Why do so many people believe in absurd conspiracy theories like QAnon, which asserts that someone in the Trump administration was sending secret messages about a cabal of cannibalistic pedophile Satanists who secretly run the world? The ongoing HBO docuseries Q: Into the Storm accidentally stumbles upon a pretty good explanation early on, when one interviewee points out how much has come to light about the US government lying to its people. What reason does anyone have to trust any official narrative anymore? But the show completely breezes past this suggestion, instead choosing to gawk at easy targets and fixate on lurid details.
Into the Storm loses itself in its own running time, playing out over six whole episodes when half as many (or even fewer) would have worked fine. It alternates between leaving elements of QAnon frustratingly unexplained and overexplaining things that should be obvious. (For instance, how imageboard users are called “anons” because … they’re anonymous. Yeah, no shit.) Its hyper-stylized portrayal of the movement seems just as likely to unwittingly attract people to QAnon as it is to repel them. Most frustratingly, it spends a lot of time hyping up the central story thread, around director Cullen Hoback’s investigation into the true identity of the enigmatic “Q,” just to come to the same conclusion which most other journalists have. Only none of those others took six hours to get there.
New episodes of Q: Into the Storm are currently being released every Sunday on HBO Max.
MTV’s The Exhibit Is Back With an Inflatable Dolphin
Episode four, in which artists tackled themes of justice and injustice, was the most lifeless of the reality TV show so far.
Florida Principal Ousted Over “Pornographic” Michelangelo Sculpture
Parents complained that the famous sculpture was shown to their sixth graders.
The Milton Resnick and Pat Passlof Foundation Presents The Feminine in Abstract Painting
Curated by Jennifer Samet and Andrea Belag, this group exhibition in NYC explores the feminine through aesthetics, as opposed to identity or gender.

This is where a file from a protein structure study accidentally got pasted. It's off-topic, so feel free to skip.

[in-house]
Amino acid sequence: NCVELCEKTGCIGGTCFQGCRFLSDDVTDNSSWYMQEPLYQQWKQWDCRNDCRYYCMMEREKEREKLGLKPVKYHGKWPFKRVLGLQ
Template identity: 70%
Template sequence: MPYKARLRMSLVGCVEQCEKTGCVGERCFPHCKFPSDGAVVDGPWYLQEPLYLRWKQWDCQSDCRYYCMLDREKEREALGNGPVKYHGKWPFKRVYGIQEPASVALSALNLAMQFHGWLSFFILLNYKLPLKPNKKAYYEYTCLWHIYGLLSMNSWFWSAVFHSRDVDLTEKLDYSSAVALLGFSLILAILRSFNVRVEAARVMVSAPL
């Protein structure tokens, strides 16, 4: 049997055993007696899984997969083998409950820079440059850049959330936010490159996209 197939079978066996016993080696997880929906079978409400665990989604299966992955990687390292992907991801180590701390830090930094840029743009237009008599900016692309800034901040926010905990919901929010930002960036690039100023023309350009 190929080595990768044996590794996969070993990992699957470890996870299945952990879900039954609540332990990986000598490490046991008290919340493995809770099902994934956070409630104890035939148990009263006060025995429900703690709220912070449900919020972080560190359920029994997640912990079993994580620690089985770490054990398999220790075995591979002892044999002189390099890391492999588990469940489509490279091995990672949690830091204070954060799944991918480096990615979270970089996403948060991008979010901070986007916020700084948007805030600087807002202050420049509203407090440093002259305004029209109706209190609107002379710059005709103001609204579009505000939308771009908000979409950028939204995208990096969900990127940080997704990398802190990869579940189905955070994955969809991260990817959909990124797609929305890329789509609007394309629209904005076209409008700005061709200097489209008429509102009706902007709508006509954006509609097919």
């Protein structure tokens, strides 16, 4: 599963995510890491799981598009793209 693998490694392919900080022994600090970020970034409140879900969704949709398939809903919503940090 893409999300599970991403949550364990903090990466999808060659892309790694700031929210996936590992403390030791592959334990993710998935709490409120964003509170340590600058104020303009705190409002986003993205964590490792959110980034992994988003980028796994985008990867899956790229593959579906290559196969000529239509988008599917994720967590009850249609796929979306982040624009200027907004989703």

Tickets to Sold-Out Vermeer Show Are Going for Hundreds
The online resale market for the Rijksmuseum’s smash exhibition is booming, with tickets selling on eBay for over $2K.
NYU Steinhardt Opens 2023 MFA Thesis Exhibitions
Taking place at 80WSE Gallery in New York’s Greenwich Village, Part I is on view from late March through April while Part II opens in May.
Miniature Worlds: Joseph Cornell, Ray Johnson, Yayoi Kusama
Through small-scale works, this exhibition at the Katonah Museum of Art in New York examines Cornell’s prominent role in the lives and careers of Johnson and Kusama.
Three Looted Antiquities at the Met Repatriated to Turkey
Nine other repatriated works were seized from Met Trustee Shelby White, whose collection was subject to a criminal investigation.
This week, the world’s lightest paint, Pakistan’s feminist movement, World Puppy Day, and were some of Vermeer’s paintings created by his daughter?
The Wider World and Scrimshaw
On March 28, join the New Bedford Whaling Museum online and in-person for a symposium on global carving traditions from across the Pacific Rim.
Who Will Decide on the Future of a Miami Native Burial Ground?
Native activists say sacred remains and objects dug up from a Brickell construction site should remain there, but mega-developer Jorge Pérez is pushing back.
How Can a Curator Approach South Asian Futurisms?
How do I acknowledge my shortcomings while reckoning with obscured histories and the exclusion of subaltern narratives in the fine art landscape? A working checklist for curators.
MCA Chicago Presents On Stage: Frictions
Will Rawls, Shamel Pitts | TRIBE, and Barak adé Soleil explore Blackness, queerness, movement, and dance in performances at the Museum of Contemporary Art Chicago.
The Complicated Legacy of Camilo Egas
The Ecuadorian painter, a leading figure of Latin America’s Indigenismo art movement, has been both praised and scorned for his representation of Indigenous peoples.
Tom Jones Zeroes in on Ho-Chunk Visibility
“I think about the young kids, the teenagers, and I think being able to see yourself represented in art is so powerful,” says the artist.